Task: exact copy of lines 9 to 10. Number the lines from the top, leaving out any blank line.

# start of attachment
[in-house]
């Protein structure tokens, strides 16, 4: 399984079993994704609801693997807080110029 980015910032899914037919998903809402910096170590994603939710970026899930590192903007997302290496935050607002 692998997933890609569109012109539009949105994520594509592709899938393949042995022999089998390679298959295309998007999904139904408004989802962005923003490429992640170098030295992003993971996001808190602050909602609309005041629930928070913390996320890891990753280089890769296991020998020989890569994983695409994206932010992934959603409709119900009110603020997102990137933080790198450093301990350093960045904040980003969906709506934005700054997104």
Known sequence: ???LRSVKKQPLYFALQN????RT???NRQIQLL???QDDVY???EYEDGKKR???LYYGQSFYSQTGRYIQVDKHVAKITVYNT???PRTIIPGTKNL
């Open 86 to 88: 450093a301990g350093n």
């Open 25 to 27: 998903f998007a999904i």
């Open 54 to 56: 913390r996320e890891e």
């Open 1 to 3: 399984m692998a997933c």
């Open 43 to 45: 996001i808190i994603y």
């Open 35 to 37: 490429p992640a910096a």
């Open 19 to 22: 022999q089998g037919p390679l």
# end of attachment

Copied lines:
């Open 35 to 37: 490429p992640a910096a």
């Open 19 to 22: 022999q089998g037919p390679l």